Christopher Priest

Reviews of REAL-TIME WORLD (1974)

An Infinite Summer

[Ten short stories about the testing of the real, the loss of realism, the gaining of reality. An evacuated city burns in a valley, a comatose man dreams, a closed community loses touch with the outside world, a lone woman walks bare through the streets of her city.]

The Times:

There is an echo of the idea [of human nature as a commodity] in A Woman Naked, a dire warning of the real sexual puritanism that underlies political oppression. Priest's lean, spare style is admirably suited, also to fantasy and – pace hardcore SF enthusiasts – a blurring of the two need not be a bad thing. We should not set down hardline chalk-marks to limit the parameters of our interest.

Martin Amis in The Observer:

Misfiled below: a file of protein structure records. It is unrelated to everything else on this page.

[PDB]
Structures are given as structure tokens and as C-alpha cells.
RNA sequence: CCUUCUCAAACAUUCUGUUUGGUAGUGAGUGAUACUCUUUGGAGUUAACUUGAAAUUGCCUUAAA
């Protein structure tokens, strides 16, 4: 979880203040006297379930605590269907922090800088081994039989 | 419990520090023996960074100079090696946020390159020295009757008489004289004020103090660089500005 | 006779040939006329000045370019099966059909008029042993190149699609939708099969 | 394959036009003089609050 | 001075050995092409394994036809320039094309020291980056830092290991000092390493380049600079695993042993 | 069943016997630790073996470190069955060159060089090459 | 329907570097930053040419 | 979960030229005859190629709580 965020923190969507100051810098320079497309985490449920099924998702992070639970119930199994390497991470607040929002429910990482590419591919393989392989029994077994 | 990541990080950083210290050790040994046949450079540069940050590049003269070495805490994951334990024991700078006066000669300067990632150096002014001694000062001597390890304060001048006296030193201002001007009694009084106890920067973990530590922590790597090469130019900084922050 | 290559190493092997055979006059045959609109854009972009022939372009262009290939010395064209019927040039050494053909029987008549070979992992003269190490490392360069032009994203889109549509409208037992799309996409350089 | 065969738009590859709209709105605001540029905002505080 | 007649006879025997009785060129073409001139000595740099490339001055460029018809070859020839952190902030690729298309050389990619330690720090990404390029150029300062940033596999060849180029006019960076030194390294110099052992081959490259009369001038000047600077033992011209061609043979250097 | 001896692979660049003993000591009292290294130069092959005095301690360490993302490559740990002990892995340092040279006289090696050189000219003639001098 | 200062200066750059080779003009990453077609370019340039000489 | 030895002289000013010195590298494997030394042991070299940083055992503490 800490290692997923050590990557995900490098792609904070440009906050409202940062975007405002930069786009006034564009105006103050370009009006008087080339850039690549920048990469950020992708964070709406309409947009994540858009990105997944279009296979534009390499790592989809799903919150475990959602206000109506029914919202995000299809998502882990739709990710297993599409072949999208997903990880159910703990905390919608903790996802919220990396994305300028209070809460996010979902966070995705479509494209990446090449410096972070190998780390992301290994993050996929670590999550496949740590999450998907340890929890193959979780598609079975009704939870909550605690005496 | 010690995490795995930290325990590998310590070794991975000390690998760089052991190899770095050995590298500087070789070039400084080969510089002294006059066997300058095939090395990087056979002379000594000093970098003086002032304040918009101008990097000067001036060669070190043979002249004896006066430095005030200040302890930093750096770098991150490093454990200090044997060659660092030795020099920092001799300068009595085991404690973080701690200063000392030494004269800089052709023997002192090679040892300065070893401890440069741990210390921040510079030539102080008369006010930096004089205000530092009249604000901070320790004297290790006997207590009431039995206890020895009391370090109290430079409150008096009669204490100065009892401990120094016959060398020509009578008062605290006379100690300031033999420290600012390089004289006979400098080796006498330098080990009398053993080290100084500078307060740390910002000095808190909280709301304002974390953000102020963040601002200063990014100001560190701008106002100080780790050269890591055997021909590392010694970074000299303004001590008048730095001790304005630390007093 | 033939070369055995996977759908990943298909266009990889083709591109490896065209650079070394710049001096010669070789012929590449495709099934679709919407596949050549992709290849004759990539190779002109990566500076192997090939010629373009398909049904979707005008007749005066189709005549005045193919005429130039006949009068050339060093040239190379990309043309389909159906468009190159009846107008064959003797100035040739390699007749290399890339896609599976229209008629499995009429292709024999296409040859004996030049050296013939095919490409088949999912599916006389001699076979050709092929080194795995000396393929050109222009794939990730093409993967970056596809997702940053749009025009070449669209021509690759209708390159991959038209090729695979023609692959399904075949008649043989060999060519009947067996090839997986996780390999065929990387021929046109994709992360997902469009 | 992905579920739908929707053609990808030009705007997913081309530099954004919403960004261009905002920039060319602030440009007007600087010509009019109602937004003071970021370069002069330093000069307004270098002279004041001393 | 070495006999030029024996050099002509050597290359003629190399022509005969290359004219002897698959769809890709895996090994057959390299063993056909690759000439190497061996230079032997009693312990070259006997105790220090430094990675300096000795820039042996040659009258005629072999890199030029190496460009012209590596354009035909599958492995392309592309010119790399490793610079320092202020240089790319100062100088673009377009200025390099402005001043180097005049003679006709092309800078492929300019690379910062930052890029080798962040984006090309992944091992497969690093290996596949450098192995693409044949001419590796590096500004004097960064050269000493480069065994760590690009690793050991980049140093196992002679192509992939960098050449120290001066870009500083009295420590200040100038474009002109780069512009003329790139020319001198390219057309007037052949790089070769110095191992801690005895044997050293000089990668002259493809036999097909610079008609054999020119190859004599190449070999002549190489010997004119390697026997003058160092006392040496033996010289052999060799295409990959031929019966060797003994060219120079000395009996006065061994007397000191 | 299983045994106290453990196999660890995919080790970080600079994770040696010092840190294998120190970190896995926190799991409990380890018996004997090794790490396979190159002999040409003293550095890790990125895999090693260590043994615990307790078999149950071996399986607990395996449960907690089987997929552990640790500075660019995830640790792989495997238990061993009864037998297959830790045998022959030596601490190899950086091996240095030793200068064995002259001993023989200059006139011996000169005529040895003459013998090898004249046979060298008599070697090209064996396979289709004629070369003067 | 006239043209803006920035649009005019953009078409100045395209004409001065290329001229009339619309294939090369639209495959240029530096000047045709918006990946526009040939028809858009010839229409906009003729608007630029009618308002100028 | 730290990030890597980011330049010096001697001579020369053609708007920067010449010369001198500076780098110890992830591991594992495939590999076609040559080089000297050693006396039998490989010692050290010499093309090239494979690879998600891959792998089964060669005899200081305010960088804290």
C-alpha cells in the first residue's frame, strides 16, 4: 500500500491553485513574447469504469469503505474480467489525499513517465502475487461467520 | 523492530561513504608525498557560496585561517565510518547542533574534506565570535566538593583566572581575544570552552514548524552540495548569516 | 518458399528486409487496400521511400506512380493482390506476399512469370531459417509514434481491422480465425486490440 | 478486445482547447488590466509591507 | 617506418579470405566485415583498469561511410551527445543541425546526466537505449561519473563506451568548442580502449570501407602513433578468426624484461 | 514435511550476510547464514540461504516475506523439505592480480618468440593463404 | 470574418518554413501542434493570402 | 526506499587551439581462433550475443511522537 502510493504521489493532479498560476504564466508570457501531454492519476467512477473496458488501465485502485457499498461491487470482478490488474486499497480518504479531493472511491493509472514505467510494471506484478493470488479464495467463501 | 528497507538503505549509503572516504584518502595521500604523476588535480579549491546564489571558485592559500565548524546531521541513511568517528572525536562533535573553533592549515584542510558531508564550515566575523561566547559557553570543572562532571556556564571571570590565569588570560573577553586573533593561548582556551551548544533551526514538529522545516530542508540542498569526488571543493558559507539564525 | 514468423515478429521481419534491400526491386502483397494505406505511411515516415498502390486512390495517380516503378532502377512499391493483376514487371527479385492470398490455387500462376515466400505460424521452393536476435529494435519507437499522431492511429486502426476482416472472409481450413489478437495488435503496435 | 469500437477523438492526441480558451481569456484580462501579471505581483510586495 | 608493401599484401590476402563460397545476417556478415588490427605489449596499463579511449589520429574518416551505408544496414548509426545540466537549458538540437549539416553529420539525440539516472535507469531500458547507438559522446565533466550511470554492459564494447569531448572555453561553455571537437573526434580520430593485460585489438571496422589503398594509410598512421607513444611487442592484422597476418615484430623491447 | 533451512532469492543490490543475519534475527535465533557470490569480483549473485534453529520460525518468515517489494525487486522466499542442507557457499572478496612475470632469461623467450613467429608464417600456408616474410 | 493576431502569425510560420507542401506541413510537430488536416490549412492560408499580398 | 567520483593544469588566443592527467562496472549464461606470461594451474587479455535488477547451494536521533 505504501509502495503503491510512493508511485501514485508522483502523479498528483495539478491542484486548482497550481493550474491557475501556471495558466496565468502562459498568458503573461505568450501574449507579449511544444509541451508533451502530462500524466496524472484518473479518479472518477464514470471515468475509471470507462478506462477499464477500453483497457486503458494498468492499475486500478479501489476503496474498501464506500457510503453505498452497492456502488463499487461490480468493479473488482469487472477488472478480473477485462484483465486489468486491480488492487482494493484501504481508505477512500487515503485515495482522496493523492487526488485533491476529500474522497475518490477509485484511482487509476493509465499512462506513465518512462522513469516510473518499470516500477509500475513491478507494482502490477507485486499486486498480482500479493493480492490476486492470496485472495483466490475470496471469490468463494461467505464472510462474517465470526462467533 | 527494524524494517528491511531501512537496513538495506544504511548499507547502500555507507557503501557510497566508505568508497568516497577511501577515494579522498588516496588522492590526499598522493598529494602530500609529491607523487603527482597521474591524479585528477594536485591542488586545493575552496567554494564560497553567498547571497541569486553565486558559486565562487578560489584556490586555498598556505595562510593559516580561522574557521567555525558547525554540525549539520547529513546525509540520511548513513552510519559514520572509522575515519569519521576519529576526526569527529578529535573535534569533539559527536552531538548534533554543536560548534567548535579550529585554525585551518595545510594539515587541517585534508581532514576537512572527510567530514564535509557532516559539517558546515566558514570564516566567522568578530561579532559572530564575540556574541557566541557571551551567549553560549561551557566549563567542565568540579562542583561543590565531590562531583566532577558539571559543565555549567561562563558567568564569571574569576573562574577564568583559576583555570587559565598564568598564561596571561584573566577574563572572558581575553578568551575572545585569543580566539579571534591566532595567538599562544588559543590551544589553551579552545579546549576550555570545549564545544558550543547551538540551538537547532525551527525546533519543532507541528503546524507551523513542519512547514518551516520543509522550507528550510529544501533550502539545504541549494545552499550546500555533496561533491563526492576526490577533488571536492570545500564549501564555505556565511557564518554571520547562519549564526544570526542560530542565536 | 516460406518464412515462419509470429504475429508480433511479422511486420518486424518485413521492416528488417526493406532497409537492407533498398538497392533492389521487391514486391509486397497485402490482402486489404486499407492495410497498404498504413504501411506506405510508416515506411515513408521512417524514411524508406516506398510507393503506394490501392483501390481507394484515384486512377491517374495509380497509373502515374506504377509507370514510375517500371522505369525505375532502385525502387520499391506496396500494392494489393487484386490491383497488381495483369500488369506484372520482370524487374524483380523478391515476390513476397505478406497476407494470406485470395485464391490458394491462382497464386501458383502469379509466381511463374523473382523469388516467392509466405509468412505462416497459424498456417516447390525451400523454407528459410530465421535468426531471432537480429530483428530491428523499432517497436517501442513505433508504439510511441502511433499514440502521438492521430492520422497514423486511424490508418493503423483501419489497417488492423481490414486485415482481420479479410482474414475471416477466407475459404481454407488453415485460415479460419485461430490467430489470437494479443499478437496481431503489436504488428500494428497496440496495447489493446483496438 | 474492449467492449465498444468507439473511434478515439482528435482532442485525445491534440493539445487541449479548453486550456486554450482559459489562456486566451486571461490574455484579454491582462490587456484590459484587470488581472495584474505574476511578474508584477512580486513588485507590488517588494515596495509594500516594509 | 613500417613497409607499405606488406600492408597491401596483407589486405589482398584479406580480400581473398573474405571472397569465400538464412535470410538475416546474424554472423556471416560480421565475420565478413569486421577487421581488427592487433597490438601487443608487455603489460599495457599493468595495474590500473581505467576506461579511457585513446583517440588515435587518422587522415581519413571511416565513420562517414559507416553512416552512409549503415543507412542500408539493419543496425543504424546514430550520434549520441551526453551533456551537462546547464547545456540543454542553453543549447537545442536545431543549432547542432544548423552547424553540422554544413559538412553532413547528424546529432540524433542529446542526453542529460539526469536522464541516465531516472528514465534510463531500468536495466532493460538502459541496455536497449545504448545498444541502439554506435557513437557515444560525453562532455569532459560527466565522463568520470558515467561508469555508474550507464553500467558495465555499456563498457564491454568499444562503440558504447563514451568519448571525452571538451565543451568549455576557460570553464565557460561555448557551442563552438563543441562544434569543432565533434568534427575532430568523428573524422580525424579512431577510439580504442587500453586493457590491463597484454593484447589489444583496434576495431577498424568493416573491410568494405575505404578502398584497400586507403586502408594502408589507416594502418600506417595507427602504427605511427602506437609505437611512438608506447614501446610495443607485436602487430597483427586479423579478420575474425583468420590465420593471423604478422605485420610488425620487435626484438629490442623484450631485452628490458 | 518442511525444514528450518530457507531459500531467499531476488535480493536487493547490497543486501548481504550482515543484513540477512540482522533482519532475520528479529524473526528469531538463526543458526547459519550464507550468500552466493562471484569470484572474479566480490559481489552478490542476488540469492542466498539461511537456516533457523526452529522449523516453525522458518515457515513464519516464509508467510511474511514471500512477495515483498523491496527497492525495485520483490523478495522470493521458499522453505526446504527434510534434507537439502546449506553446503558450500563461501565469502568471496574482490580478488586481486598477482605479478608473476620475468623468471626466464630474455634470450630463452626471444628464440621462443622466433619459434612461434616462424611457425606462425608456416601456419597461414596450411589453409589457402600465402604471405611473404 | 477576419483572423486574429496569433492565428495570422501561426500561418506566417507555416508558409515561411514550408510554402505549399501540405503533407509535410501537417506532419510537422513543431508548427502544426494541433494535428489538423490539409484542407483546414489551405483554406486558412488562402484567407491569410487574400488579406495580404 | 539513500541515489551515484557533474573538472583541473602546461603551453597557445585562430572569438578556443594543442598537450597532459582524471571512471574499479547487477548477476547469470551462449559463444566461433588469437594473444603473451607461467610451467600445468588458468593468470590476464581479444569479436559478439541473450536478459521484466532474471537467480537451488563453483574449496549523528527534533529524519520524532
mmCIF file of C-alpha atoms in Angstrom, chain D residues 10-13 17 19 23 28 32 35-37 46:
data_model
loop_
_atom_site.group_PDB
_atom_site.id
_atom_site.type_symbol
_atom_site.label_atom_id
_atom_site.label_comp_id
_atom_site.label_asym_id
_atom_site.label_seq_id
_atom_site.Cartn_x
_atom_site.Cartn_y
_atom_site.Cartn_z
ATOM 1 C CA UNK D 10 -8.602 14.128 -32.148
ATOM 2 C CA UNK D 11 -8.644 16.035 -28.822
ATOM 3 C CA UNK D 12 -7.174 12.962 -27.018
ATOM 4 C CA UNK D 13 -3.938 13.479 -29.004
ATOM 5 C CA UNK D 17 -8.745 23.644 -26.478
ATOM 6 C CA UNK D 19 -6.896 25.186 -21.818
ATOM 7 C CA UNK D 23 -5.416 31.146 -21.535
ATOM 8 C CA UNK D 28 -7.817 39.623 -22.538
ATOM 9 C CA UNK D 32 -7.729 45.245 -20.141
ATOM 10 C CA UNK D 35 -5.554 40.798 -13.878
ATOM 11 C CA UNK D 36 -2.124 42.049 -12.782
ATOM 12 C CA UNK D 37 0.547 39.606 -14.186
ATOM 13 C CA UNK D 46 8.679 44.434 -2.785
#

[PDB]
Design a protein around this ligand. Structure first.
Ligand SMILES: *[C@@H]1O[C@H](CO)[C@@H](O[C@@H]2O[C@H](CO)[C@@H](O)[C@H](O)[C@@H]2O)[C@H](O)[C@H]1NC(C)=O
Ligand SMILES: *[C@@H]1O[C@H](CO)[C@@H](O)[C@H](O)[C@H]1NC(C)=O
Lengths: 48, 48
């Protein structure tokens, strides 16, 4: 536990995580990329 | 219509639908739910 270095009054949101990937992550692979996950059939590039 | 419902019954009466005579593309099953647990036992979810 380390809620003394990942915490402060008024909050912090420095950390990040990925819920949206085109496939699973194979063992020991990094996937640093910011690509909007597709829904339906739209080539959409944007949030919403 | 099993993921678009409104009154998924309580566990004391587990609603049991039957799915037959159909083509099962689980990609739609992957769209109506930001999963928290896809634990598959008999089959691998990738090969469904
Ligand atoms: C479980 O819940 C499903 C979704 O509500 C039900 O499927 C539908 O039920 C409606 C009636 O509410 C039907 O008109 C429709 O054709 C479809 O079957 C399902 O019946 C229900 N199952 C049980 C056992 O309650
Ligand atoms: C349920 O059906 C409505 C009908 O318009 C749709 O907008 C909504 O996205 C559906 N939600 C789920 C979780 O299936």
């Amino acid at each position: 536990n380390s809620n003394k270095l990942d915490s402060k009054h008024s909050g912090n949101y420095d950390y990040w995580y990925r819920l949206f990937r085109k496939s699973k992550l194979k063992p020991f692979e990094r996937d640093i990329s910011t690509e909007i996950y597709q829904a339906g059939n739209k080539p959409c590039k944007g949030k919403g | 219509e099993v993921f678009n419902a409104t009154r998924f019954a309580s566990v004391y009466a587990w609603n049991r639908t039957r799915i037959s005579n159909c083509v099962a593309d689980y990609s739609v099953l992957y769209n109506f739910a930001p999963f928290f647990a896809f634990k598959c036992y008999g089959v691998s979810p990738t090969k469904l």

Christopher Priest, in an appreciative introduction to his new book, says that the stories in Real-Time World are 'about the effects of stress on people.' Uncontroversial enough, by anyone's standards. Some of them explore the kind of stress that only a foul-minded SF writer would care to put people under (a girl obliged by law to go about naked for sleeping with people, a self-mutilating superstar's gory last stunt), while others are more conventional and more satisfying: computerised brain incarceration, astral creepy-crawlies, an eerie observer-or-observed conundrum. This is a startlingly uneven collection – unless Mr Priest can get to grips with his unforgivable prose he hasn't got, er, an hope of producing anything classy.

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